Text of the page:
There are three options for designing and customizing a product. Click a product on the left-hand panel and choose one of the options.

1. Custom Design: lets you customize the products. Click it to open the design studio and use multiple tools to create your own design.

2. Upload Design: using this option, you can upload your own JPG, JPEG, GIF, PNG, EPS, AI, PDF and PSD images.

3. Browse Design: use this to select hundreds of pre-loaded templates. Work on them or customize them through our design studio.

The type of paper used for difference purposes is expressed in weight. In the countries following the European system, it is grammes per square metre (gsm or g/m2 or simply g) and in the US system it is Pound (lb).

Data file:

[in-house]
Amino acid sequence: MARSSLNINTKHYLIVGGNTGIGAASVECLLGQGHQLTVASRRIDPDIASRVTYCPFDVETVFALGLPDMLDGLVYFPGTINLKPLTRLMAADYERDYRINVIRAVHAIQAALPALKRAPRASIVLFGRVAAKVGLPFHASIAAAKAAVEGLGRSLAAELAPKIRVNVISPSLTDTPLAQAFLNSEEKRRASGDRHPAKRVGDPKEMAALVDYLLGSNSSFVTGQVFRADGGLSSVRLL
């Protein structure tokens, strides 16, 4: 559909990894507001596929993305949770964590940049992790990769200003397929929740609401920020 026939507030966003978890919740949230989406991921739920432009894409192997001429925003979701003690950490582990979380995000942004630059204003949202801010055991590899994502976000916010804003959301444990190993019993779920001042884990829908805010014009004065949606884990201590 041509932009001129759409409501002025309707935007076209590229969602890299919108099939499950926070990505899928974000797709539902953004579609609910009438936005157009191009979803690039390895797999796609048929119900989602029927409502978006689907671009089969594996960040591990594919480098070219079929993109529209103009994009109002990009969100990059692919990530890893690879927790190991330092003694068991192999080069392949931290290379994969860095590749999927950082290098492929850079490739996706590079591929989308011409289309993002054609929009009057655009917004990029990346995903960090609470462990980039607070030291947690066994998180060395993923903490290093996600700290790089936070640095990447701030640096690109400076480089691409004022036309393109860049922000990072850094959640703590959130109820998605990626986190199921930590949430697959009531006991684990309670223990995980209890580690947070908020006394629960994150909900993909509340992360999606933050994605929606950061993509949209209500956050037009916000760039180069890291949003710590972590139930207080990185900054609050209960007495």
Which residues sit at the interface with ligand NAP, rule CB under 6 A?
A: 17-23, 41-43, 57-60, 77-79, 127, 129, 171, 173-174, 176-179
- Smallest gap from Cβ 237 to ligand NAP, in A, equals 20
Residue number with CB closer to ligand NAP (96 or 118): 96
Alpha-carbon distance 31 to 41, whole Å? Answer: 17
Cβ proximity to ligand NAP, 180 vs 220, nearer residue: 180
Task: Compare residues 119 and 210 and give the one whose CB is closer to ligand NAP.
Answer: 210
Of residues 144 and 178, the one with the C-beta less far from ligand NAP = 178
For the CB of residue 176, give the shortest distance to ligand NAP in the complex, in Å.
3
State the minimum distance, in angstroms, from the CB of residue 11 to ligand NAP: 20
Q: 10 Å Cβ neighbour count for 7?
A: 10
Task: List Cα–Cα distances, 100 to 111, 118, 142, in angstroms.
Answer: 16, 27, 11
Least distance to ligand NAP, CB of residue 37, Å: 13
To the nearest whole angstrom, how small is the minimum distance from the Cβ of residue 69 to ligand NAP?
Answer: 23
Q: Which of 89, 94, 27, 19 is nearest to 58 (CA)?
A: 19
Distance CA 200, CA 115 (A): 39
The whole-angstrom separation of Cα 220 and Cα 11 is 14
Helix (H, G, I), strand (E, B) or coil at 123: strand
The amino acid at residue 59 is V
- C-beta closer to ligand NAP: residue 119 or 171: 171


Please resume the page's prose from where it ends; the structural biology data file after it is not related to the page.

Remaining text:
The paper used for writing/printing (letterheads and such stationery) is generally between 60 to 120 gsm (20 to 70 lb) and is called the paper or text stock. Anything heavier than this is considered the card stock, i.e. the paper used for business cards, postcards, greeting cards, etc.

Coated papers are available in two finishes – glossy (shiny and smooth) and matt (flat and lusterless). Coated glossy papers reflect the light evenly so they are suitable for almost all types of printing jobs. Glossy papers have a good ink holdout, which is important for creating sharp, bright images.


The Pantone Matching System (PMS) is a color reproduction standard in which colors all across the spectrum are each identified by a unique, independent number. The use of PMS allows us to precisely match colors and maintain color consistency throughout the printing process.